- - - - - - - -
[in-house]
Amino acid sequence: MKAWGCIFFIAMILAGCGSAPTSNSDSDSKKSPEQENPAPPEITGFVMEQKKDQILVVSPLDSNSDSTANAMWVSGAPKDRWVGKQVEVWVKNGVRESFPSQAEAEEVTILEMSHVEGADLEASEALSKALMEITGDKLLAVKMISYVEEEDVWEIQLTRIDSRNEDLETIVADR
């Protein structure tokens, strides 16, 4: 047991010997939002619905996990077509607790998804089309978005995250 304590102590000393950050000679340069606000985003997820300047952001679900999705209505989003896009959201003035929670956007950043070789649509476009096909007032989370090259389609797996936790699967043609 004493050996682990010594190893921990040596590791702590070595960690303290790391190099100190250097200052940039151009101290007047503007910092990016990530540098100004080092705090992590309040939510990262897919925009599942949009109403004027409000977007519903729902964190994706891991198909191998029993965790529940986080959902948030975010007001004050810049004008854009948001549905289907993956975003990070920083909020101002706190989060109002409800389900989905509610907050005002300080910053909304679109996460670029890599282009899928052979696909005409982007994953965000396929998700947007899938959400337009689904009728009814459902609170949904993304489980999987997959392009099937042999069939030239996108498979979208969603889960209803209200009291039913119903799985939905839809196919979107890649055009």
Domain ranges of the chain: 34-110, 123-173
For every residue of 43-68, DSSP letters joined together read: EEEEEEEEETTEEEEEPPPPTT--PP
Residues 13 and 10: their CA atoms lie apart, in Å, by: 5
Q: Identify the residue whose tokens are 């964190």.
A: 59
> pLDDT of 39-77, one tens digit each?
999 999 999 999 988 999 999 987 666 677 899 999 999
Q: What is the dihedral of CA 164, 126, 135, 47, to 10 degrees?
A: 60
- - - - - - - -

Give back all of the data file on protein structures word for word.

[in-house]
Amino acid sequence: MKAWGCIFFIAMILAGCGSAPTSNSDSDSKKSPEQENPAPPEITGFVMEQKKDQILVVSPLDSNSDSTANAMWVSGAPKDRWVGKQVEVWVKNGVRESFPSQAEAEEVTILEMSHVEGADLEASEALSKALMEITGDKLLAVKMISYVEEEDVWEIQLTRIDSRNEDLETIVADR
């Protein structure tokens, strides 16, 4: 047991010997939002619905996990077509607790998804089309978005995250 304590102590000393950050000679340069606000985003997820300047952001679900999705209505989003896009959201003035929670956007950043070789649509476009096909007032989370090259389609797996936790699967043609 004493050996682990010594190893921990040596590791702590070595960690303290790391190099100190250097200052940039151009101290007047503007910092990016990530540098100004080092705090992590309040939510990262897919925009599942949009109403004027409000977007519903729902964190994706891991198909191998029993965790529940986080959902948030975010007001004050810049004008854009948001549905289907993956975003990070920083909020101002706190989060109002409800389900989905509610907050005002300080910053909304679109996460670029890599282009899928052979696909005409982007994953965000396929998700947007899938959400337009689904009728009814459902609170949904993304489980999987997959392009099937042999069939030239996108498979979208969603889960209803209200009291039913119903799985939905839809196919979107890649055009």
Domain ranges of the chain: 34-110, 123-173
For every residue of 43-68, DSSP letters joined together read: EEEEEEEEETTEEEEEPPPPTT--PP
Residues 13 and 10: their CA atoms lie apart, in Å, by: 5
Q: Identify the residue whose tokens are 């964190």.
A: 59
> pLDDT of 39-77, one tens digit each?
999 999 999 999 988 999 999 987 666 677 899 999 999
Q: What is the dihedral of CA 164, 126, 135, 47, to 10 degrees?
A: 60